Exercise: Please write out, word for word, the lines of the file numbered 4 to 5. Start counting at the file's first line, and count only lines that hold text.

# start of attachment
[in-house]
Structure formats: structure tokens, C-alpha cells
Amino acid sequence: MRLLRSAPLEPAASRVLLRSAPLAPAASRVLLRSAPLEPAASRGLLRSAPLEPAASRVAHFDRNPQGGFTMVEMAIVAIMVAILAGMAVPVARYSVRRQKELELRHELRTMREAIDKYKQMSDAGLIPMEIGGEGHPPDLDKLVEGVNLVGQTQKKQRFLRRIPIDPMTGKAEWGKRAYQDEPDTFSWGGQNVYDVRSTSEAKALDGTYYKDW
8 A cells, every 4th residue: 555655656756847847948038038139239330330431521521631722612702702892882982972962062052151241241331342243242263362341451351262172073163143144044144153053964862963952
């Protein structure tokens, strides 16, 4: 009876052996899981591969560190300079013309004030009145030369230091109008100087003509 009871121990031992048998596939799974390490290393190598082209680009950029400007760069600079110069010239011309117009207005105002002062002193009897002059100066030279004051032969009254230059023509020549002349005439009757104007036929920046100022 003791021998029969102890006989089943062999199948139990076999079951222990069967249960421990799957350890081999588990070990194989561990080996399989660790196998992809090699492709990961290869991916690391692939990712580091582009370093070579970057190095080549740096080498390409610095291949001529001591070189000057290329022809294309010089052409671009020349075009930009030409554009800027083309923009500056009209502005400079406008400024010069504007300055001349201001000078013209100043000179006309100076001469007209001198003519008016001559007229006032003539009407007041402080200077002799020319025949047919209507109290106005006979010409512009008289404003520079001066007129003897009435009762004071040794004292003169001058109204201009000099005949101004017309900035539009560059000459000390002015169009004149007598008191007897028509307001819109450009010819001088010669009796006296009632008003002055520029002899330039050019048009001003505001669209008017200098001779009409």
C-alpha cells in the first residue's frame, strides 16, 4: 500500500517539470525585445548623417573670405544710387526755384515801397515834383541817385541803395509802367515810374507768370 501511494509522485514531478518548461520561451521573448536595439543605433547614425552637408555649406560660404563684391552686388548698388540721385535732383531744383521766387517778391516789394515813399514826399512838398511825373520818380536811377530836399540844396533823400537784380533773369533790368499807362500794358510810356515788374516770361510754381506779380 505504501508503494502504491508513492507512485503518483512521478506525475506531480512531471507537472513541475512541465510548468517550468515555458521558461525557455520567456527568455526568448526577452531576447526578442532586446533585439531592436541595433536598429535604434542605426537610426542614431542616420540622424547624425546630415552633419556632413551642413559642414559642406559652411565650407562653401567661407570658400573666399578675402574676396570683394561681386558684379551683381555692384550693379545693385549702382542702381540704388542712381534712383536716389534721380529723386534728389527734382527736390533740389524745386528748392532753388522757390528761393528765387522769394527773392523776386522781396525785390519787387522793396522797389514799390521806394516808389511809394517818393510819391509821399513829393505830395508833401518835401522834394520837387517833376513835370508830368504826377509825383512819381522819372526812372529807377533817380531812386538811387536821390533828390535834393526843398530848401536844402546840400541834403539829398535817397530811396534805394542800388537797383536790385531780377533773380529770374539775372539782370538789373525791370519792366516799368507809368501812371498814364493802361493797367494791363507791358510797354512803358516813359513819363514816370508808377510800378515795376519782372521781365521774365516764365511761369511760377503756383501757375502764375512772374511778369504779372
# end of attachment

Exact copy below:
8 A cells, every 4th residue: 555655656756847847948038038139239330330431521521631722612702702892882982972962062052151241241331342243242263362341451351262172073163143144044144153053964862963952
């Protein structure tokens, strides 16, 4: 009876052996899981591969560190300079013309004030009145030369230091109008100087003509 009871121990031992048998596939799974390490290393190598082209680009950029400007760069600079110069010239011309117009207005105002002062002193009897002059100066030279004051032969009254230059023509020549002349005439009757104007036929920046100022 003791021998029969102890006989089943062999199948139990076999079951222990069967249960421990799957350890081999588990070990194989561990080996399989660790196998992809090699492709990961290869991916690391692939990712580091582009370093070579970057190095080549740096080498390409610095291949001529001591070189000057290329022809294309010089052409671009020349075009930009030409554009800027083309923009500056009209502005400079406008400024010069504007300055001349201001000078013209100043000179006309100076001469007209001198003519008016001559007229006032003539009407007041402080200077002799020319025949047919209507109290106005006979010409512009008289404003520079001066007129003897009435009762004071040794004292003169001058109204201009000099005949101004017309900035539009560059000459000390002015169009004149007598008191007897028509307001819109450009010819001088010669009796006296009632008003002055520029002899330039050019048009001003505001669209008017200098001779009409």